FEB. 27 2020 (The Bulletin) — Toronto-based Lydian International said that a court in Armenia had dismissed eight of 10 criticisms of its operations at the Amulsar gold mine in the south of the country, including that it had mined illegally and that protected and near-extinct animal species had been found on its site. Lydian has been stopped since June 2018 from accessing the mine by protesters who have blocked the access road. They have complained that Lydian’s operations were ruining the environment, a standpoint that the Armenian mining inspection body agreed with in August 2018. Lydian said the rulings were politically motivated at the time.

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— This story was first published in issue 438 of the Central Asia & South Caucasus Bulletin

— Copyright the Central Asia & South Caucasus Bulletin 2020

Azerbaijan says it wants to boost gold production

FEB. 24 2020 (The Bulletin) — Azerbaijan’s state-owned gold mine AzerGold said that it was exploring two new gold mining areas that could be commissioned as mines by 2021. The areas, in the Western Dashkasan region, have already been scoped out and identified as potential sites. Azerbaijan is trying to diversify away from the oil and gas sectors. Last year, Azerbaijan’s gold production grew by 33.2% from 2018.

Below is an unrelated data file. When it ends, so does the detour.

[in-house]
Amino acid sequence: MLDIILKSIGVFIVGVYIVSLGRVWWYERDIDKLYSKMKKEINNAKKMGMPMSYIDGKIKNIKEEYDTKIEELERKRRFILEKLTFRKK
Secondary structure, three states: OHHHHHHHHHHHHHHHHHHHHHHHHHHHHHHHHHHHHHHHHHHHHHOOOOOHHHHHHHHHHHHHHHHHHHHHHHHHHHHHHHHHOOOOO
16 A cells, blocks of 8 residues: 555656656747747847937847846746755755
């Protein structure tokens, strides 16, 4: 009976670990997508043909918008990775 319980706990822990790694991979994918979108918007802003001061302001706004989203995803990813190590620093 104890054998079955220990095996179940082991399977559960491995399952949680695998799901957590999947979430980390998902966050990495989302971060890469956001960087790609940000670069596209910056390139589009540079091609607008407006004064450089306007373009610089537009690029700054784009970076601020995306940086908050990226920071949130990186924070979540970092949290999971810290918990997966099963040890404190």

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— This story was first published in issue 438 of the Central Asia & South Caucasus Bulletin

— Copyright the Central Asia & South Caucasus Bulletin 2020

Lydian extends protection from its creditors

JAN. 3 2020 (The Bulletin) — Lydian International, the mining company developing the Amulsar gold mine in Armenia, said that it had extended its protection from creditors scheme by three weeks to Jan. 23. Lydian said at the end of last year that its creditors had told them that they would not be extending their credit lines. Lydian has not accessed the Amulsar mine since June 2018 because of protests that it says the Armenian government has been unwilling to clear.

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— This story was first published in issue 433 of the weekly Bulletin on Jan. 13 2020